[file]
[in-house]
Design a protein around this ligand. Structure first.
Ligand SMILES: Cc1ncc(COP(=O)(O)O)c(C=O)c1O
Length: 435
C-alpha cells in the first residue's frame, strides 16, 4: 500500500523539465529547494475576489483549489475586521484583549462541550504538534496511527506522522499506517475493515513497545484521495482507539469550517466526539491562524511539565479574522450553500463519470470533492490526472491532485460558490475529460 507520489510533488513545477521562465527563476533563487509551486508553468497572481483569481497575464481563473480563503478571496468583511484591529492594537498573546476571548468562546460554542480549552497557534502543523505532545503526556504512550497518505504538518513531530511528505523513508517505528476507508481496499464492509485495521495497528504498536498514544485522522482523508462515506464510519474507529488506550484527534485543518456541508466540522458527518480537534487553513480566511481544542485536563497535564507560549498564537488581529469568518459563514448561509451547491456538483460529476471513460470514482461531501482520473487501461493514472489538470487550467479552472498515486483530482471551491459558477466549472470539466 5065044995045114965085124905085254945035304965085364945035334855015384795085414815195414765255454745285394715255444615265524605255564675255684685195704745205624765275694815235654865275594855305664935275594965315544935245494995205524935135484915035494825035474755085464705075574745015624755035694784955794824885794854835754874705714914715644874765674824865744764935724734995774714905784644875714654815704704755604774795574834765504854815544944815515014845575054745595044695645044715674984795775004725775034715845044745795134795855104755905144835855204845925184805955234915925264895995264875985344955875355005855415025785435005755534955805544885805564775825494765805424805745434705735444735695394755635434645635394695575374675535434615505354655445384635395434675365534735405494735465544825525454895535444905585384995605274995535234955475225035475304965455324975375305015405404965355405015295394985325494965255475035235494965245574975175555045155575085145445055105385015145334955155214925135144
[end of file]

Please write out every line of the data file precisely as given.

[in-house]
Design a protein around this ligand. Structure first.
Ligand SMILES: Cc1ncc(COP(=O)(O)O)c(C=O)c1O
Length: 435
C-alpha cells in the first residue's frame, strides 16, 4: 500500500523539465529547494475576489483549489475586521484583549462541550504538534496511527506522522499506517475493515513497545484521495482507539469550517466526539491562524511539565479574522450553500463519470470533492490526472491532485460558490475529460 507520489510533488513545477521562465527563476533563487509551486508553468497572481483569481497575464481563473480563503478571496468583511484591529492594537498573546476571548468562546460554542480549552497557534502543523505532545503526556504512550497518505504538518513531530511528505523513508517505528476507508481496499464492509485495521495497528504498536498514544485522522482523508462515506464510519474507529488506550484527534485543518456541508466540522458527518480537534487553513480566511481544542485536563497535564507560549498564537488581529469568518459563514448561509451547491456538483460529476471513460470514482461531501482520473487501461493514472489538470487550467479552472498515486483530482471551491459558477466549472470539466 5065044995045114965085124905085254945035304965085364945035334855015384795085414815195414765255454745285394715255444615265524605255564675255684685195704745205624765275694815235654865275594855305664935275594965315544935245494995205524935135484915035494825035474755085464705075574745015624755035694784955794824885794854835754874705714914715644874765674824865744764935724734995774714905784644875714654815704704755604774795574834765504854815544944815515014845575054745595044695645044715674984795775004725775034715845044745795134795855104755905144835855204845925184805955234915925264895995264875985344955875355005855415025785435005755534955805544885805564775825494765805424805745434705735444735695394755635434645635394695575374675535434615505354655445384635395434675365534735405494735465544825525454895535444905585384995605274995535234955475225035475304965455324975375305015405404965355405015295394985325494965255475035235494965245574975175555045155575085145445055105385015145334955155214925135144